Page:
Six years ago, I had flown home on my day off, for a scan to see if this new treatment was working or not. Less than 12 hours after my scan, I had landed back in Paris and I received a phone call from one of my specialists; “Carol, you’re in a metabolic remission. There is no sign of cancer”. For the past 5 years that same specialist had repeatedly told me, every time I saw him, to get my head around the fact that I was going to die, because I wasn't responding to any treatment. So to get a call from him telling me the news that I was in remission for the first time in 7 years, was mind-blowing. That miracle drug had been in the production stages for the past 15 years and 3 years ago it was FDA approved; the first drug to be FDA approved for Hodgkin’s Lymphoma in over 40 years.
A donor bone marrow transplant was the huge decision I was faced with then; the idea behind it would be to secure my remission. Without the transplant I would live approximately 3 years, but the procedure held a 30% survival rate. My specialists gave me a few weeks to decide, and I was amazed that I seriously considered both avenues and could have easily chosen to just live for 3 years.
But 2 donor matches were found out of 11 million people (one was pregnant so she couldn't help, but thankfully a German man said yes), and I decided to give it my best shot, and signed on the dotted line.

I had two 'goodbye' parties, in case I didn't make it. I got my Will written, and set up a Caring Bridge blog where my mum was an admin and could ultimately announce my death via there, and not have to go through the pain of continuously telling people the bad news.

I still can't get my head around all the statistics that were stacked up against me, and how ridiculously lucky I have been to survive all of that. It still completely baffles me.

In the past couple of years, I've been campaigning to help keep that FDA approved drug in use in the U.K. Obviously these drugs cost a lot of money, and it was going to be removed from the cancer drugs fund because of its expense. I even spoke at the Houses of Parliament to MPs about government policies, to help change industry practise, bring about improvements for those affected by cancer, and to try and save this drug. And I'm very pleased to say that this drug is now safe, and will continue to be in use on the NHS.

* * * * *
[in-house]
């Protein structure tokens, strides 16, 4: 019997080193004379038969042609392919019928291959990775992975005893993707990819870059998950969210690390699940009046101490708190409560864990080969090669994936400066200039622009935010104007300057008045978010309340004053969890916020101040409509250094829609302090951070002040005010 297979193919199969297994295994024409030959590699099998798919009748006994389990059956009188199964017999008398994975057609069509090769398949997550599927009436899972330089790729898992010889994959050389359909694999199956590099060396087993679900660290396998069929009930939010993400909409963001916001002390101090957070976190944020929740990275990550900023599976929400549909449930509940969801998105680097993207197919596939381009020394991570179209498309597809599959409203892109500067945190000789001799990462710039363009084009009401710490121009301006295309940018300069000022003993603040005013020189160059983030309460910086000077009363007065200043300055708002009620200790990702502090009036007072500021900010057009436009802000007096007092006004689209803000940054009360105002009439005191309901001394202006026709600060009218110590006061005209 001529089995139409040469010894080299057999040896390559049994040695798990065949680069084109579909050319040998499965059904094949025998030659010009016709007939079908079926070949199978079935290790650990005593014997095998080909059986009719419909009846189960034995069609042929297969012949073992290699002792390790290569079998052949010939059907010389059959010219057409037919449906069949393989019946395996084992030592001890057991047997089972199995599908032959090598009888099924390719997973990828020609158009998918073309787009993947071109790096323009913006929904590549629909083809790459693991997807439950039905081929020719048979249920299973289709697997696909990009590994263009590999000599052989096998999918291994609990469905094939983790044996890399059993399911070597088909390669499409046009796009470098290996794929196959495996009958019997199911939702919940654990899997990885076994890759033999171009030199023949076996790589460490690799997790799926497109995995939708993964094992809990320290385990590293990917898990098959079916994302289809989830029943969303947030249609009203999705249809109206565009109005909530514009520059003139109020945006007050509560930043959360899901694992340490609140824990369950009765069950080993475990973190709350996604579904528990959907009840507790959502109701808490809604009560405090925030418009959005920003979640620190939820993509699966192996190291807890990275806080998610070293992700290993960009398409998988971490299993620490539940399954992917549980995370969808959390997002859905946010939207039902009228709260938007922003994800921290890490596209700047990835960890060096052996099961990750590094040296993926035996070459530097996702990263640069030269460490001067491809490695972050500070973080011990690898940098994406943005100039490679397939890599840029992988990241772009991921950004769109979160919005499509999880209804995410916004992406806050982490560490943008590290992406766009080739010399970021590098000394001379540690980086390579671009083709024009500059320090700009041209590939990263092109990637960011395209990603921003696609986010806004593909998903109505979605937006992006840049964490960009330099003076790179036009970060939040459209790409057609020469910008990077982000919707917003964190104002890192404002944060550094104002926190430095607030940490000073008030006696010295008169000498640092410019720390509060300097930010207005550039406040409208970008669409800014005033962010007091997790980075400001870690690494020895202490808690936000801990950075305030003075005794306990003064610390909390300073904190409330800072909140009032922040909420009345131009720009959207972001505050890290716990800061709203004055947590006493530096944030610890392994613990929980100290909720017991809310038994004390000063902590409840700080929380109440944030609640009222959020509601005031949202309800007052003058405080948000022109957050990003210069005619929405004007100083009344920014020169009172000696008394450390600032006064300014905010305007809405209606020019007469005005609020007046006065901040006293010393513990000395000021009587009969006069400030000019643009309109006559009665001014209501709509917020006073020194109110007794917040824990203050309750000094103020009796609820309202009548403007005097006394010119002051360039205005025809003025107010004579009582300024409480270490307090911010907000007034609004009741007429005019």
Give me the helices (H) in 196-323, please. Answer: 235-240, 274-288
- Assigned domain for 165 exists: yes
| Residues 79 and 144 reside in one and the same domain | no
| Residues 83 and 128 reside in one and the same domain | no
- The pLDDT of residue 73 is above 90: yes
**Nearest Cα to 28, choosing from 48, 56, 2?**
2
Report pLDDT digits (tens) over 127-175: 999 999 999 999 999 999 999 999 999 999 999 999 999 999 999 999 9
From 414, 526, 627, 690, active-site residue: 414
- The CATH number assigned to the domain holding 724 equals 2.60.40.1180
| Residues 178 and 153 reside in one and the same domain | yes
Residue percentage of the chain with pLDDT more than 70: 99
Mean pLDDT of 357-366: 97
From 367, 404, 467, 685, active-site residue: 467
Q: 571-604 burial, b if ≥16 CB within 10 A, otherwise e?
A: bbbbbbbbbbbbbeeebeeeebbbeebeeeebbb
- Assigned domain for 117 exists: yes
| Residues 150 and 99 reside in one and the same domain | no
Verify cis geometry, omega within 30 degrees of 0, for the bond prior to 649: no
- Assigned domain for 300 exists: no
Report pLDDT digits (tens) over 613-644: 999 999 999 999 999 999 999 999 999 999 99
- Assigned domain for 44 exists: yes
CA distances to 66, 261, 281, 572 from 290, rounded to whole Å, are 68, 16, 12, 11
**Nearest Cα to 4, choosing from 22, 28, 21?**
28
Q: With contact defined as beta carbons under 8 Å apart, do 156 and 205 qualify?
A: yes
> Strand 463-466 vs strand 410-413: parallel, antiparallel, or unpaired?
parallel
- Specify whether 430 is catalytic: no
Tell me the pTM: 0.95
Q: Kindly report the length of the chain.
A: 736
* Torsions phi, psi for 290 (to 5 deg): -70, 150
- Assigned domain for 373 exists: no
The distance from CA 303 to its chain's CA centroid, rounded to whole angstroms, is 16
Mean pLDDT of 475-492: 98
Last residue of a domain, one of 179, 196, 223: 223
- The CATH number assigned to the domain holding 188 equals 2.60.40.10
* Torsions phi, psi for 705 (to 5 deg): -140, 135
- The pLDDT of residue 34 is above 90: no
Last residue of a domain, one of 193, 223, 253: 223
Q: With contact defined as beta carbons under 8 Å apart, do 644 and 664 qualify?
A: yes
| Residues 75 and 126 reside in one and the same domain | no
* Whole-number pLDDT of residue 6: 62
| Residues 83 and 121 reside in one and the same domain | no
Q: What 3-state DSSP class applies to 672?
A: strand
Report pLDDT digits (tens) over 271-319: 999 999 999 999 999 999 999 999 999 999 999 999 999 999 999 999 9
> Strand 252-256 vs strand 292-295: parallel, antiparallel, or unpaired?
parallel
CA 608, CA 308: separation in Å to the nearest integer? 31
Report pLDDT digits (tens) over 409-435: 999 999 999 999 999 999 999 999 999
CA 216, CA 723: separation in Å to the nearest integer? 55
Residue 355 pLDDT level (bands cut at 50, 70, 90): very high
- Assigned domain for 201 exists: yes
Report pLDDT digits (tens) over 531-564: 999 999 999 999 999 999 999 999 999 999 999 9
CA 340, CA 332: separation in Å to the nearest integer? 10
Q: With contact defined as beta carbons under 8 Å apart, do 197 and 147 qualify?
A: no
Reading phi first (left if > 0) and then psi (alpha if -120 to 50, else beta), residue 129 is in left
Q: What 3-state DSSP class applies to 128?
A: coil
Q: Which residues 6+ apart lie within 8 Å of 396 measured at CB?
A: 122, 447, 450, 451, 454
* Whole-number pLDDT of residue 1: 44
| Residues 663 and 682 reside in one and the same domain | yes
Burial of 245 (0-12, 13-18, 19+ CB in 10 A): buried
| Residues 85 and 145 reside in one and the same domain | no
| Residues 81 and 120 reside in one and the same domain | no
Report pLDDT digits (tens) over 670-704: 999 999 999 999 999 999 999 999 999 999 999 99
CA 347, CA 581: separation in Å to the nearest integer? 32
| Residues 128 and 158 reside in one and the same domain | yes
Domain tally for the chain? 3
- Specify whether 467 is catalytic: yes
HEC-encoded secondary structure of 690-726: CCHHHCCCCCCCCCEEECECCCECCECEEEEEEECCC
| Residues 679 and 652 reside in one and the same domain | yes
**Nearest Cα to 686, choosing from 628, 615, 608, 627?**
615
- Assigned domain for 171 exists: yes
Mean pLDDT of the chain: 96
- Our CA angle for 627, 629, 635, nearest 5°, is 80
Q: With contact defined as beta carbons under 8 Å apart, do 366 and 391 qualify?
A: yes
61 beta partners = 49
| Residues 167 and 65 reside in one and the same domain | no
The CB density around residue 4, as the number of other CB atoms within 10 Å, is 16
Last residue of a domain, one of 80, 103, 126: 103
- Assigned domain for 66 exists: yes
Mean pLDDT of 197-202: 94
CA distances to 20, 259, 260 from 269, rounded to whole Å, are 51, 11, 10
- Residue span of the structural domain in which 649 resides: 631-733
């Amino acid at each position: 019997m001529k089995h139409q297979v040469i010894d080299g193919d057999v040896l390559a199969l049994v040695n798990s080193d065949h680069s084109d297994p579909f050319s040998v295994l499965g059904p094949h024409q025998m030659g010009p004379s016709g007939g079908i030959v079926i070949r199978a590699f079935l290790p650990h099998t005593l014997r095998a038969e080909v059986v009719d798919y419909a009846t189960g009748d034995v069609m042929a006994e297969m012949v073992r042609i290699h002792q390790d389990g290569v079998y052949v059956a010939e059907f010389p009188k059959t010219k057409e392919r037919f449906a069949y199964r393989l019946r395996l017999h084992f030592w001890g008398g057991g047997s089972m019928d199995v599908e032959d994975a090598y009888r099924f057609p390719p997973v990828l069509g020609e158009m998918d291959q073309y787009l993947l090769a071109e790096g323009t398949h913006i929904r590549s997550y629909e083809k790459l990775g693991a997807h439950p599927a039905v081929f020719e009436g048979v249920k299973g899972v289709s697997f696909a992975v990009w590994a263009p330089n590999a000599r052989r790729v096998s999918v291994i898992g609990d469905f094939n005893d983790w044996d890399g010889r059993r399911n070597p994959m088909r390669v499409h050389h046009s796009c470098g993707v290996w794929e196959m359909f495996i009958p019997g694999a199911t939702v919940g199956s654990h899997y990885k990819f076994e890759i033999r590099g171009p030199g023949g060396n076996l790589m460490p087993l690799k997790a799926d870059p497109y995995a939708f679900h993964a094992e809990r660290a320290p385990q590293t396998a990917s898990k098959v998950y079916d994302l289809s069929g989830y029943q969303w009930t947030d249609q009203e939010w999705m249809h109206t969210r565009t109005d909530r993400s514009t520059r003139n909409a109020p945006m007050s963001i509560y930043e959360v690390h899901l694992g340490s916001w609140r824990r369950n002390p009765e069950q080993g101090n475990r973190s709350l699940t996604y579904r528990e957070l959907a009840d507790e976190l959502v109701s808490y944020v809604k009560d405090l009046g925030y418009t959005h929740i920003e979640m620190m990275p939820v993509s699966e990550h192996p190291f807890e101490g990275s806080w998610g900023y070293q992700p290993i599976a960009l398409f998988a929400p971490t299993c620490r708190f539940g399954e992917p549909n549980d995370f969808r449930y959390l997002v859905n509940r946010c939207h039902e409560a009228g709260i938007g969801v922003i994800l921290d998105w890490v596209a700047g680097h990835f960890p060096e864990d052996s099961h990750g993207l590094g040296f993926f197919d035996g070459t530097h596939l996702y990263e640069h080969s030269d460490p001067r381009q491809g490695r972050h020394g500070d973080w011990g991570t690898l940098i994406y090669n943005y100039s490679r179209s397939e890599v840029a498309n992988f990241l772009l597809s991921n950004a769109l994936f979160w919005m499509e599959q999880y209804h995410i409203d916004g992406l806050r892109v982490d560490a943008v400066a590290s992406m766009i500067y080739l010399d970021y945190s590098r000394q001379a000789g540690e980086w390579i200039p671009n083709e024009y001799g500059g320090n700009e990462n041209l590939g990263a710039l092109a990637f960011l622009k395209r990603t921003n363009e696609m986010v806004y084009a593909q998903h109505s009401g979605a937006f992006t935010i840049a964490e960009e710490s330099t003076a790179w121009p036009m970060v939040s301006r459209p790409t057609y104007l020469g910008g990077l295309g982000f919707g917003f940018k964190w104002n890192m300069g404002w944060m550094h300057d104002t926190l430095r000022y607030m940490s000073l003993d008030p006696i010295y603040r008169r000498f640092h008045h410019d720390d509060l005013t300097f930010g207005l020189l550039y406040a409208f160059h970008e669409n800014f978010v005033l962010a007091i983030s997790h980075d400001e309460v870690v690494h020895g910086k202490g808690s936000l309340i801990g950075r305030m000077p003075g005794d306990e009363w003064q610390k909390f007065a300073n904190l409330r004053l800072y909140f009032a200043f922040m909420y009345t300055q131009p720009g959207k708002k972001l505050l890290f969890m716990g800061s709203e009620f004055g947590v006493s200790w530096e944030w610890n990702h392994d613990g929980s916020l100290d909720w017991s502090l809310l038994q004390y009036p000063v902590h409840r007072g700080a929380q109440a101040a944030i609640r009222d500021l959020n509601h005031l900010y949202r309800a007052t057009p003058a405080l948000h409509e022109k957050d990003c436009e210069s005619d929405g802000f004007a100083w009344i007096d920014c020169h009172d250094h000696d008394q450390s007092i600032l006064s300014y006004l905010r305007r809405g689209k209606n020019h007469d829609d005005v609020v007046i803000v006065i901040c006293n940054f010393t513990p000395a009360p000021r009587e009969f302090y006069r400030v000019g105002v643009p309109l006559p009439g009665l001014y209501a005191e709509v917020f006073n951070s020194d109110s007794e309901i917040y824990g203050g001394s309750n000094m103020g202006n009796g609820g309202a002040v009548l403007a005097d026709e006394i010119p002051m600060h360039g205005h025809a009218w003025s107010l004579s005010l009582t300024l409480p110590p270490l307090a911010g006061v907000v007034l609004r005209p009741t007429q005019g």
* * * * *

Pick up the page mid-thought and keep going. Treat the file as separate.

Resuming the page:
As to my health ever since recovering from my bone marrow transplant; I'm still in a complete remission and my health has never been so good.

I can't thank you all enough for being there for me, throughout the ups and downs of this crazy journey of mine. Thank you for laughing and joking with me, at the ridiculousness of it all - without that I would've really struggled.

So, today is remission anniversary, the day I began to take my life back. So today, at some point, I urge you all to stop what you're doing and just look around you. Breathe. Soak up what you're looking at, what you hear, what you touch, what you smell, what you feel. And allow yourself to simply be amazed at being alive and being able to experience and be inspired. Even when things get too much, work piles on top of you, people treat you badly - you've still got the gift of life. Treasure it. Xxx

So why am I making a big deal of this? Well, as you can see, all the biologists, molecular biologists, chemists, pharmacologists have done the hard part and made some of the best drugs around. But, and there is always a but, to ensure that patients like Carol have the opportunity to go on entertaining the world (or for Joe Public just to get back to a normal life) we need to finish the job. In this case, finishing the job means getting stem cell donors. So I’m appealing to you to consider being swabbed to see whether you could be a stem cell donor. It’s the simple part. But the simple part, as with so many things, may turn out to be the most important.

In the UK you just need to contact DKMS and register. They’ll send you all that you need – it is just cheek swabs and takes 5 minutes. For people like Stephen and Carol, it could be the most important 5 minutes that you’ll ever spend.

Although I’m giving the UK address here, DKMS is a world-wide organization and below are other links that may be more appropriate for you in different parts of the world. I’ve also added a fact sheet as a download so that you can see just how important this work is.

DKMS Germany

DKMS Poland


DKMS Chile

Every life is important and precious, all will bring joy into someone else’s life, some will impact more than others but every registration to the stem cell database gives someone else the chance of a long, fulfilling life. Just 5 minutes of your time.